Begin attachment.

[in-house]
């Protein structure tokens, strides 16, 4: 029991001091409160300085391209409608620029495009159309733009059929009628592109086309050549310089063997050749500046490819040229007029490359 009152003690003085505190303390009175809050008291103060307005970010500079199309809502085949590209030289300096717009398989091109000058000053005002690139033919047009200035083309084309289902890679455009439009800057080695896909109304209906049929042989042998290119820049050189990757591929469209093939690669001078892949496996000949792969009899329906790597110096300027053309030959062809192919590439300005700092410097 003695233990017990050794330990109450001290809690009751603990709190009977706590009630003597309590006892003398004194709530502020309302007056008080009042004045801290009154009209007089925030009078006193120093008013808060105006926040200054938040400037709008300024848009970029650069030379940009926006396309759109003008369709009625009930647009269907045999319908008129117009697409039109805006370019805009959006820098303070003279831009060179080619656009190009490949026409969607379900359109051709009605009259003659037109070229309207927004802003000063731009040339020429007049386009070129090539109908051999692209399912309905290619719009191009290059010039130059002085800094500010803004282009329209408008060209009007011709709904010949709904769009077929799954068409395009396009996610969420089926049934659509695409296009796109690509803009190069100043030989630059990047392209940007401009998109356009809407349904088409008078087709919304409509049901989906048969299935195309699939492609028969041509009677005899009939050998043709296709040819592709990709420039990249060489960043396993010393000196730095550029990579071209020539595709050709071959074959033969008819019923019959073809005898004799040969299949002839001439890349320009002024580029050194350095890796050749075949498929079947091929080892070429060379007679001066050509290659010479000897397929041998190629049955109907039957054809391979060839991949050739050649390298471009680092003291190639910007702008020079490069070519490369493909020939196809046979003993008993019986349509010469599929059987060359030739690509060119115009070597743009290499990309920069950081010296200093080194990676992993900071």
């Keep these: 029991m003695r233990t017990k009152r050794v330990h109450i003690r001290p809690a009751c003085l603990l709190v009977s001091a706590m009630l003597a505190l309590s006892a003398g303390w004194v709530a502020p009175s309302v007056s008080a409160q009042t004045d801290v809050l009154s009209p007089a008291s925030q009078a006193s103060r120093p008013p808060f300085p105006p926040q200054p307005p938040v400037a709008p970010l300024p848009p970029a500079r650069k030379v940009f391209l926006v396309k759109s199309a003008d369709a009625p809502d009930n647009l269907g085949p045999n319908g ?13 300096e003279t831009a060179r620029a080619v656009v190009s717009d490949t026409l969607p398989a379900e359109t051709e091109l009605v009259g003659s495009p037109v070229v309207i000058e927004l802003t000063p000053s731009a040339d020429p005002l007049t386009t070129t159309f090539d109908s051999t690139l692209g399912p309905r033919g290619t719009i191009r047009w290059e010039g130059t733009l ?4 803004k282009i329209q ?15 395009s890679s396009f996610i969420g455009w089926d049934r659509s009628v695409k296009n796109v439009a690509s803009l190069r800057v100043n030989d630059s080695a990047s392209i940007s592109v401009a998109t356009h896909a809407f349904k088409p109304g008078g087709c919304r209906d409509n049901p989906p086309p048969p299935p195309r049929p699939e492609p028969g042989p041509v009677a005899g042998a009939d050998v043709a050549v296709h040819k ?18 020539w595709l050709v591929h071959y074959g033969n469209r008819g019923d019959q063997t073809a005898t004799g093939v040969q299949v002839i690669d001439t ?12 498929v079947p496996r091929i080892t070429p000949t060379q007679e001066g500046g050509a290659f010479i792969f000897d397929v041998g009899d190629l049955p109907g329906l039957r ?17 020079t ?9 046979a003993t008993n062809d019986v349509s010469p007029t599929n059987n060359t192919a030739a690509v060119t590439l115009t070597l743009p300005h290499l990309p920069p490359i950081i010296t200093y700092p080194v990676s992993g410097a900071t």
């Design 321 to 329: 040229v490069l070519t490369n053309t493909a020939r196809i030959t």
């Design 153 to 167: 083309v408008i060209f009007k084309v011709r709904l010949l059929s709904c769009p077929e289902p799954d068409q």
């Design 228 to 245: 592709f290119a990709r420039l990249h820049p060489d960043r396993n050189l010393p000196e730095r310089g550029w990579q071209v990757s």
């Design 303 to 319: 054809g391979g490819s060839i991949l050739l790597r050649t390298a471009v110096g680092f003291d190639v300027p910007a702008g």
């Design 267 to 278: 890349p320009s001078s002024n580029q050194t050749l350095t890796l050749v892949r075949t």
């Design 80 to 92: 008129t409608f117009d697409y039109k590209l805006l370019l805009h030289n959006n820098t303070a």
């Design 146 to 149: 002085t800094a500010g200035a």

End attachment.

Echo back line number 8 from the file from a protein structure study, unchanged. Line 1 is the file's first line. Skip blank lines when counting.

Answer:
């Design 267 to 278: 890349p320009s001078s002024n580029q050194t050749l350095t890796l050749v892949r075949t």